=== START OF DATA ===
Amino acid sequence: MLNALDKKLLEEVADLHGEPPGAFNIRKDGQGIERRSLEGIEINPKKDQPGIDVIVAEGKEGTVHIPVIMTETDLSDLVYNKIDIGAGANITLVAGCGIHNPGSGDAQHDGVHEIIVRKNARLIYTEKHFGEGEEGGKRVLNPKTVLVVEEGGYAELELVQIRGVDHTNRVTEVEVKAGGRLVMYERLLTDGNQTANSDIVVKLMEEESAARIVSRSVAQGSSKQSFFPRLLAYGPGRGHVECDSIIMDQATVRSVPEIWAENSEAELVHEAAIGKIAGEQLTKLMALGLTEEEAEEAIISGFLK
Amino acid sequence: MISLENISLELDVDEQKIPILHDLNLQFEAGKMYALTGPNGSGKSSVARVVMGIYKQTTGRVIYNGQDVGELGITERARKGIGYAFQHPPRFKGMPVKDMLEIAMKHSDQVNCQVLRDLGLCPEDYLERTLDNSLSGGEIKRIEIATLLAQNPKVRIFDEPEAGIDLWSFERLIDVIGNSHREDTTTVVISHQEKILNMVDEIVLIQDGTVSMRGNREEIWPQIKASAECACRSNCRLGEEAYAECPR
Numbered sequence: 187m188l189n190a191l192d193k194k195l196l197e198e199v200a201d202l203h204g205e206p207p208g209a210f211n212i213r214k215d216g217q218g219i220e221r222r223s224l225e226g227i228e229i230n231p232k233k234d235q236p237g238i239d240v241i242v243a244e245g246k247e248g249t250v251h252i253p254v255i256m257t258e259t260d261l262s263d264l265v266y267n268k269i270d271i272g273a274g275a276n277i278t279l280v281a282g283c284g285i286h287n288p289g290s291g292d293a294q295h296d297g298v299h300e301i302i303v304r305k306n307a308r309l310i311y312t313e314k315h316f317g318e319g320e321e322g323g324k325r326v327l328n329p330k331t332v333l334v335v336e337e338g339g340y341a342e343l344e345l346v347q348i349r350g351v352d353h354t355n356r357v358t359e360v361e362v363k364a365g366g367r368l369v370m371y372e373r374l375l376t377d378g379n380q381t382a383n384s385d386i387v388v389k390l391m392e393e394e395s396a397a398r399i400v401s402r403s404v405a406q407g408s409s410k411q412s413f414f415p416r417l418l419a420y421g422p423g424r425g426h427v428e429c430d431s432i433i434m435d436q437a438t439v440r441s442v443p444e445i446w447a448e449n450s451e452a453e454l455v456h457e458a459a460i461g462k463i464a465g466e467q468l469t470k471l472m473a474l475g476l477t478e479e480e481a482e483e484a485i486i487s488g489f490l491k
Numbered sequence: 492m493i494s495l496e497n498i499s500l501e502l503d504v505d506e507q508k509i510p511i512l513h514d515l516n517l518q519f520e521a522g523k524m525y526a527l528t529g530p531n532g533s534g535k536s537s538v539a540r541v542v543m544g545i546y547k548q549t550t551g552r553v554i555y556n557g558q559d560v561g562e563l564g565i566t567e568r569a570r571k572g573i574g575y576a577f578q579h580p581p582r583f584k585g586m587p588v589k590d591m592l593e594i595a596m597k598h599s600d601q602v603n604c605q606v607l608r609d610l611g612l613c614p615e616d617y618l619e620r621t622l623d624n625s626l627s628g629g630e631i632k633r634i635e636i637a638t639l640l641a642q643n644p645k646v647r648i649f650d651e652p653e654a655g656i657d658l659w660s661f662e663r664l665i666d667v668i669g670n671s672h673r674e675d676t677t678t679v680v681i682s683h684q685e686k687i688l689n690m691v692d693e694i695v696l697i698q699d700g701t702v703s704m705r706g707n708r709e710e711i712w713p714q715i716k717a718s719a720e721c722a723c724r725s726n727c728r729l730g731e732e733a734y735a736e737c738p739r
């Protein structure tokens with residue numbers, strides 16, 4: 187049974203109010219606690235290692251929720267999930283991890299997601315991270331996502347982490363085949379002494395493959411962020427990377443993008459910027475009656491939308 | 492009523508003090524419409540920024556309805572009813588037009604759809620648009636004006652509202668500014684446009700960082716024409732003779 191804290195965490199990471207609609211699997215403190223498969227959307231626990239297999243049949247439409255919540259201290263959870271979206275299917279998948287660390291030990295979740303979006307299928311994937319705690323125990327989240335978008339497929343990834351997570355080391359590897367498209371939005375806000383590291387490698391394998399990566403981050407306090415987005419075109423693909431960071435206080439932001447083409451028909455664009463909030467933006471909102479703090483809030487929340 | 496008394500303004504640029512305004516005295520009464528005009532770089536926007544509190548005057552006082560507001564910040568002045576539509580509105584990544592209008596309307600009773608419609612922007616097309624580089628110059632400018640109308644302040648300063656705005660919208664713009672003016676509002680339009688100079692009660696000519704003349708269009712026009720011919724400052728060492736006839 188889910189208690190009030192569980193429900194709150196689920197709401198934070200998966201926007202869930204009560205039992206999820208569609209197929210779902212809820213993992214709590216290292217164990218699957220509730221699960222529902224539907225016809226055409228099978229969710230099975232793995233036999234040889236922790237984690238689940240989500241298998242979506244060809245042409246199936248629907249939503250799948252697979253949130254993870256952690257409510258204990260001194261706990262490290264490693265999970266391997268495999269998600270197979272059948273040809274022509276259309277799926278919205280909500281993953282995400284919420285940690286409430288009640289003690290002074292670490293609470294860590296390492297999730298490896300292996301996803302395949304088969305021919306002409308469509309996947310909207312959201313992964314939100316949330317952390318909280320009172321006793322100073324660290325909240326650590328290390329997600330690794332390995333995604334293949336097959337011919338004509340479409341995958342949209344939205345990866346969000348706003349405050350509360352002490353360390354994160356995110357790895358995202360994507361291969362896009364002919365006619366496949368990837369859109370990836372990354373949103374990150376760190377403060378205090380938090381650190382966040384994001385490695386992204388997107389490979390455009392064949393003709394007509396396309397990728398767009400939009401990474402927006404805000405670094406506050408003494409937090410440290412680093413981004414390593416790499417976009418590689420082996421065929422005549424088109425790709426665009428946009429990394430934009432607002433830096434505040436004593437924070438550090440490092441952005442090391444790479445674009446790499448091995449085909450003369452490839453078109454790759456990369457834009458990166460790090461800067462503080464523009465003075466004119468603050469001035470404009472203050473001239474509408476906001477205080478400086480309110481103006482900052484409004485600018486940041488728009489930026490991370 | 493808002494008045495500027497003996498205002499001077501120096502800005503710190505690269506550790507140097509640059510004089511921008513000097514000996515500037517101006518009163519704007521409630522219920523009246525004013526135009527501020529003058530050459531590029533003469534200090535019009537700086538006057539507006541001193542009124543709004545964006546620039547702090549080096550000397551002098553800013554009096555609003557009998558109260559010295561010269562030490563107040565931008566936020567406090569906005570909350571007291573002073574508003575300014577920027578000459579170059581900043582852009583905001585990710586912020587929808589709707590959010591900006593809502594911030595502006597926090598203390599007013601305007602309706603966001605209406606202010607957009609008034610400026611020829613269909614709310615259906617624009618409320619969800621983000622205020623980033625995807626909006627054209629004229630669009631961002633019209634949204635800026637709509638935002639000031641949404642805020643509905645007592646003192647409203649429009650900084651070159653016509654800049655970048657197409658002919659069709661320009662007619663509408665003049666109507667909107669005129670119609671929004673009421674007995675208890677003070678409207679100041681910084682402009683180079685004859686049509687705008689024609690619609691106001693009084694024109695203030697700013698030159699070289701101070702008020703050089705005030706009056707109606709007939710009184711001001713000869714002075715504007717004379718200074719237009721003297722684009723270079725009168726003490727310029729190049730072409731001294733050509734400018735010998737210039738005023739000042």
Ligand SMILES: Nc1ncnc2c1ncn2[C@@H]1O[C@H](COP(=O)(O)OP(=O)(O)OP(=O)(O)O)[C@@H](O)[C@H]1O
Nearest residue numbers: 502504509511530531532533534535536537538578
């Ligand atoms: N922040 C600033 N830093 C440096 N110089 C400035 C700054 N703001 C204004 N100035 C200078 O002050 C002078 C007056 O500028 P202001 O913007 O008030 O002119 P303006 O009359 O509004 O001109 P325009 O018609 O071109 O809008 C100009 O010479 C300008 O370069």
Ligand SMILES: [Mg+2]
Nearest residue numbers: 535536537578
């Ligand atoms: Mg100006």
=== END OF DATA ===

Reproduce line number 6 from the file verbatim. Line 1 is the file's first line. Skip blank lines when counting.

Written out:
Ligand SMILES: Nc1ncnc2c1ncn2[C@@H]1O[C@H](COP(=O)(O)OP(=O)(O)OP(=O)(O)O)[C@@H](O)[C@H]1O